Looking back, when I think about that period, from the fall of 2011 to the winter of 2012, my strongest memory isn’t of where I was when I first heard the news. It isn’t watching students gather on Paterno’s lawn to show their support in the bleak autumnal chill of State College in November. And it isn’t even of watching in disbelief as a riot began to form just down the block from my apartment.
The thing I remember most is walking to the lawn outside the iconic Old Main building with my college roommates for the candlelight vigil that was held after Paterno died in January 2012, just two months after his firing. I remember crying for this man who died in the shadow of disgrace but whom I felt didn’t entirely deserve it. I remember feeling like this marked the beginning of a shift in my perspective — a lesson in the importance of maintaining a healthy skepticism of institutions and authority. I remember praying that history would remember these events truthfully and honestly and that it wouldn’t turn us Penn Staters into punch lines.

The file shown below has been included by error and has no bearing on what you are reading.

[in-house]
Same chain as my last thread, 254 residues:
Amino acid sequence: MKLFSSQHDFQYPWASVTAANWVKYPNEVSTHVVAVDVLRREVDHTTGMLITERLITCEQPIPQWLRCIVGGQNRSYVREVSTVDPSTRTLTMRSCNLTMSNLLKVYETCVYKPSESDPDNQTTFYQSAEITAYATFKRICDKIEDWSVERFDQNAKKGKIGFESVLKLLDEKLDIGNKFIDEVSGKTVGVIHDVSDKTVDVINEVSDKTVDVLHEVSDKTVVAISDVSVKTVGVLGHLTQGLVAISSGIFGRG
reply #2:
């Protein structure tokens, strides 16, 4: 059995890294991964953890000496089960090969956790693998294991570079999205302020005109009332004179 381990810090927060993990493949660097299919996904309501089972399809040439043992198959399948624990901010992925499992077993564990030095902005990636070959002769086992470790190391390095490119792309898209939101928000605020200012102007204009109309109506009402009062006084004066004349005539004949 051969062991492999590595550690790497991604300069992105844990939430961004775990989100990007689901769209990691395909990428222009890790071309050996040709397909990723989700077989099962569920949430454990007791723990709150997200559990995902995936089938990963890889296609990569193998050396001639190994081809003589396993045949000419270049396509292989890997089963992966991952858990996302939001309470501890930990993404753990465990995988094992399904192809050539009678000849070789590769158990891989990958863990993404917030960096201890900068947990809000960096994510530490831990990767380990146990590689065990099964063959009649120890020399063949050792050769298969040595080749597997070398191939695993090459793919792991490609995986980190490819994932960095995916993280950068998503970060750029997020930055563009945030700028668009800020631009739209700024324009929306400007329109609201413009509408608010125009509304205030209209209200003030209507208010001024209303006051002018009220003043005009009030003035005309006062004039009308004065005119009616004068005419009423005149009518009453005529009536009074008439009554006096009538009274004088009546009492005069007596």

And while my feelings remain deeply conflicted and complicated, and likely always will, I’ll be tuning in to watch Paterno — let’s hope HBO gets it right.